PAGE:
Jock D. Mackinlay

Jock D. Mackinlay (born 1952) is an American information visualization expert and Vice President of Research and Design at Tableau Software. With Stuart K. Card, George G. Robertson and others he invented a number of Information Visualization techniques.[1]


Jock Mackinlay was born in Nuremberg, Germany and received his BA in Mathematics and Computer Science from UC Berkeley in 1975 and his PhD in computer science from Stanford University in 1986, where he pioneered the automatic design of graphical presentations of relational information.

In 1976 Mackinlay started working as a Systems Analyst for the Bank of America in San Francisco. In 1977 he became a Systems Analyst at Minimax Research Corporation. From 1979 to 1986 he was Research Assistant at Stanford University. In 1986 he joined Xerox PARC, where he collaborated with the User Interface Research Group to develop many novel applications of computer graphics for information access, coining the term "Information Visualization". Much of the fruits of this research can be seen in his 1999 published book, Readings in Information Visualization: Using Vision to Think, written and edited with Stuart K. Card and Ben Shneiderman.[2] He holds numerous patents in user interfaces and visual analysis. He joined Tableau Software in 2004 as Director of Visual Analysis.[3]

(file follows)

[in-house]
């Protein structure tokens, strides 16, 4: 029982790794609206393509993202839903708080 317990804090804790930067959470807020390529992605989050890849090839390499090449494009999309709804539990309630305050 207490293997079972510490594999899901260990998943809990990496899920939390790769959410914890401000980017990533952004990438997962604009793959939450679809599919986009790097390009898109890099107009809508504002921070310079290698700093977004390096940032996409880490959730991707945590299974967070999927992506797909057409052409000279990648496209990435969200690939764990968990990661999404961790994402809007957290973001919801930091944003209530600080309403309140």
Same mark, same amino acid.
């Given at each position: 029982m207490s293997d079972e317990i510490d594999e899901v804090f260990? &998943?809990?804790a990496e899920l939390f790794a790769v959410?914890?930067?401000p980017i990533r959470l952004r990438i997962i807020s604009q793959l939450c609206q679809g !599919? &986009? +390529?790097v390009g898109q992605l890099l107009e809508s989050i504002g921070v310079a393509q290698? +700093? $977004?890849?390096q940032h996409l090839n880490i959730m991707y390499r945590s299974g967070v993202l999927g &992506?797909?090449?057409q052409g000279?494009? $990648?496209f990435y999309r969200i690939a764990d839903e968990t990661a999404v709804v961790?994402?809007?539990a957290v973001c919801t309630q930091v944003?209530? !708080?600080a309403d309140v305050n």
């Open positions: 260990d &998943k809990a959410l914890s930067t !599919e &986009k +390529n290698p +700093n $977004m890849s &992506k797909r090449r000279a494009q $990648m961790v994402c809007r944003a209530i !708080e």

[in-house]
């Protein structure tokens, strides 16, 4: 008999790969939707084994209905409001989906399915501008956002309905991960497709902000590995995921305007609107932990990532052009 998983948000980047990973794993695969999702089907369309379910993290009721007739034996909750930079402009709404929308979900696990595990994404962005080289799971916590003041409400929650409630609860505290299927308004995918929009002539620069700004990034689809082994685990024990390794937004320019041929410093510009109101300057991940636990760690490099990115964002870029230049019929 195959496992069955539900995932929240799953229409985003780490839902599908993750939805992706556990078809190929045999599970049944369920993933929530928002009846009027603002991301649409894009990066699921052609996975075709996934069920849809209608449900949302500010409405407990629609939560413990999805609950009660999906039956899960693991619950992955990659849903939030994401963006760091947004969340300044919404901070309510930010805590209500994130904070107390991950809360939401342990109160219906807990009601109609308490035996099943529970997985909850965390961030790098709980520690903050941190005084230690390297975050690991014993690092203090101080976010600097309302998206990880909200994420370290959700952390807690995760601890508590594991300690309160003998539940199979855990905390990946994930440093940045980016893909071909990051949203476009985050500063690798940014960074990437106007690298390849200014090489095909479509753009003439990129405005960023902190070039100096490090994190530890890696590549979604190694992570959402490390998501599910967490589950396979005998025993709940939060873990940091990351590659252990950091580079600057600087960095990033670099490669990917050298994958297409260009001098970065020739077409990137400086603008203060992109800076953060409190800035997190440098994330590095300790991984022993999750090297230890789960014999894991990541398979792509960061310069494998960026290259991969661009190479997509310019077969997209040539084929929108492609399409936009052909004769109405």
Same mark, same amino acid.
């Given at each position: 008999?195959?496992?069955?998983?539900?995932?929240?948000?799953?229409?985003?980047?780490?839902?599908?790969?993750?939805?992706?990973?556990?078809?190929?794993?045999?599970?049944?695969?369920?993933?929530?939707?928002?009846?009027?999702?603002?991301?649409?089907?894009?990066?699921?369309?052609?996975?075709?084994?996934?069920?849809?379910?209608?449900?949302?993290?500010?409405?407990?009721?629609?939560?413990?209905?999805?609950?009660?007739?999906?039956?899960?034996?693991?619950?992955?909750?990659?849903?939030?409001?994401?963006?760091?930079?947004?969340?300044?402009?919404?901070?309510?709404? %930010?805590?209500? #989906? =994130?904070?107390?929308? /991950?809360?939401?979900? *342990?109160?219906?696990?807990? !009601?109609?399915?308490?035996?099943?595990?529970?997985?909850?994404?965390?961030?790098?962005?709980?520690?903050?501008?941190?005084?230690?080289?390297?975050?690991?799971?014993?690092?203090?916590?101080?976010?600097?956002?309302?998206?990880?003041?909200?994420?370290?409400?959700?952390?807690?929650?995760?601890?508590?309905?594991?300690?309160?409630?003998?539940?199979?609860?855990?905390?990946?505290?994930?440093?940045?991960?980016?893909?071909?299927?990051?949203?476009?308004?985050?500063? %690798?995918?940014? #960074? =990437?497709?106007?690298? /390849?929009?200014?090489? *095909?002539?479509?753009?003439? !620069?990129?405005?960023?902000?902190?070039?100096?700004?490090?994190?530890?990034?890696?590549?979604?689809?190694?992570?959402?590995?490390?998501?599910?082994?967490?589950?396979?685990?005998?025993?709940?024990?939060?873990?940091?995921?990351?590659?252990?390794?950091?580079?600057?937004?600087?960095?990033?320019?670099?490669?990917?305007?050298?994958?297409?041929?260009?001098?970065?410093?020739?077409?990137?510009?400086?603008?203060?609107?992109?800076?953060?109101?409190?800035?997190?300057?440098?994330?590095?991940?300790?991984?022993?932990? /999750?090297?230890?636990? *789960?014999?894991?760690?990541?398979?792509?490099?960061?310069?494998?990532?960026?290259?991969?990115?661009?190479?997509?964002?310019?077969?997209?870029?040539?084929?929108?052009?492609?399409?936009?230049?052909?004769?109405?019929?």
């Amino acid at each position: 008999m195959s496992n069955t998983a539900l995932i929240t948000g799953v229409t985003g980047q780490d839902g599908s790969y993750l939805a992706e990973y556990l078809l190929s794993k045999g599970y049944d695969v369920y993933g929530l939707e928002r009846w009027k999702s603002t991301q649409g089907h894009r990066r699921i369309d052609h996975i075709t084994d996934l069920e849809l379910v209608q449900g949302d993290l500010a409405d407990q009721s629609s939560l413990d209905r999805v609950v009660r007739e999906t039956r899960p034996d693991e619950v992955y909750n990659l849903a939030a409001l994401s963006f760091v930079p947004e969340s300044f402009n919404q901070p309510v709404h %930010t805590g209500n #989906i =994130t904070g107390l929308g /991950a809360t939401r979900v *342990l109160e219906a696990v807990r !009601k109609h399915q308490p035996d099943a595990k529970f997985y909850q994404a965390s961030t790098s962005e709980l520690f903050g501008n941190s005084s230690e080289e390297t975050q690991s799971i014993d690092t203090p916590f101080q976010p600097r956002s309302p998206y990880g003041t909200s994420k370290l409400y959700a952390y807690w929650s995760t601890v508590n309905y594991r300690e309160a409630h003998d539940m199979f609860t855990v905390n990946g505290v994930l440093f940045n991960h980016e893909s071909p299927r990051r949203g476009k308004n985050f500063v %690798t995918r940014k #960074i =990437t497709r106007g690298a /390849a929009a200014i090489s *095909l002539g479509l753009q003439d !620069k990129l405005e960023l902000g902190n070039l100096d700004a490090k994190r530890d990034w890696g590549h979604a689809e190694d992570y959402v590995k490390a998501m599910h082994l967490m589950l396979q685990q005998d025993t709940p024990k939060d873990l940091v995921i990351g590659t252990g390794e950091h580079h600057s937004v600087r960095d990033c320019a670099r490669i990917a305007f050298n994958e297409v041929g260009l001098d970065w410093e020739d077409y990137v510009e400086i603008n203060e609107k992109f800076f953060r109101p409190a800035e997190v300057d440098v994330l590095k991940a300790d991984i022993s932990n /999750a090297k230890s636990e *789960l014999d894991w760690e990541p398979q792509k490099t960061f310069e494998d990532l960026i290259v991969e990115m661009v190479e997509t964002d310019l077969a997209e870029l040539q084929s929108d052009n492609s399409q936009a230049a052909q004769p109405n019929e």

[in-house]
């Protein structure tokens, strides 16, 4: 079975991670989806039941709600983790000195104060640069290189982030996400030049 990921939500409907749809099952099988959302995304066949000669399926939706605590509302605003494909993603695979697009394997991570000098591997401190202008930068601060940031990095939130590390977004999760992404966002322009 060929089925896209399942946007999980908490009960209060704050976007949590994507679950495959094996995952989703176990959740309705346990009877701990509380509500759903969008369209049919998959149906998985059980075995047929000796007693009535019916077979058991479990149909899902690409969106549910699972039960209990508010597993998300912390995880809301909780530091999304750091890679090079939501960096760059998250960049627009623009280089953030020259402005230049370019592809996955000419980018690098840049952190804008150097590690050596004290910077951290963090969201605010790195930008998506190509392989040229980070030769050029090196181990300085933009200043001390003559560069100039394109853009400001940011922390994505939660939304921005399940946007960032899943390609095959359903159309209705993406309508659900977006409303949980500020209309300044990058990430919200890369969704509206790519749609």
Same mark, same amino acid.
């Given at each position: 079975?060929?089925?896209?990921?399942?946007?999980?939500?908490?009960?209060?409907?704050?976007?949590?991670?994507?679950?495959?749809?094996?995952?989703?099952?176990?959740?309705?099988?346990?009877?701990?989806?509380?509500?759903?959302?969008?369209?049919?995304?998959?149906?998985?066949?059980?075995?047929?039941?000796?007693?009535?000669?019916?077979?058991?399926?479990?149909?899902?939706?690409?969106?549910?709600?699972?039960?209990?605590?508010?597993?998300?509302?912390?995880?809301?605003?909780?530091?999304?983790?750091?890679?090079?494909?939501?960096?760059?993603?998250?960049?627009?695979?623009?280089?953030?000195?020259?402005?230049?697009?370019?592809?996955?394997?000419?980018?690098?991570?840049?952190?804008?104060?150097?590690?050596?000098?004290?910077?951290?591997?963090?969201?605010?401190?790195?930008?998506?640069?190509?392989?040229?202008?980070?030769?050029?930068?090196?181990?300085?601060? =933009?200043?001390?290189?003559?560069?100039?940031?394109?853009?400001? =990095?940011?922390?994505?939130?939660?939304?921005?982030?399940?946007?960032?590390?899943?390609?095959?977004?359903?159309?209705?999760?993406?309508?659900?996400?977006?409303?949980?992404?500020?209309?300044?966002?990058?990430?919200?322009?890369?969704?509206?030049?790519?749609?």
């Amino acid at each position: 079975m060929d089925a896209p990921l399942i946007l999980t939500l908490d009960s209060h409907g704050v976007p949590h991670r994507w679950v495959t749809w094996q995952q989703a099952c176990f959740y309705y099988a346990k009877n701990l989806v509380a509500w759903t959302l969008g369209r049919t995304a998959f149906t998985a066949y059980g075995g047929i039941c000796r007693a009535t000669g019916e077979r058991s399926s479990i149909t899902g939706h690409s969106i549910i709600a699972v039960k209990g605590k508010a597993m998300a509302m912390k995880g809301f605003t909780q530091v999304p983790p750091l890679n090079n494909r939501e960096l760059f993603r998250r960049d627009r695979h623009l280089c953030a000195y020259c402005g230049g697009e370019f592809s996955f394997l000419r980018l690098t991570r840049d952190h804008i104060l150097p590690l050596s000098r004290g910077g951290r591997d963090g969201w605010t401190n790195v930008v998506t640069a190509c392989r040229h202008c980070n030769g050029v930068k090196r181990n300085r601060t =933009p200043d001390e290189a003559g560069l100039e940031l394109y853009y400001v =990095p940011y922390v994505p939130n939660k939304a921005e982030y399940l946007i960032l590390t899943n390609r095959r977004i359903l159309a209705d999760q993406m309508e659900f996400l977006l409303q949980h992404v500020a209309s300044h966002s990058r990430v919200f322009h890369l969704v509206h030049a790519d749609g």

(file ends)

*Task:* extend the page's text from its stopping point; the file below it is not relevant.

From 1997 until 2003 (?) he was Associate Editor of the ACM Transactions on Computer-Human Interaction.[4]

In 2005 Mackinlay won DMReview's data visualization competition.[5]

See also





External links

This article is issued from Wikipedia - version of the 10/27/2016. The text is available under the Creative Commons Attribution/Share Alike but additional terms may apply for the media files.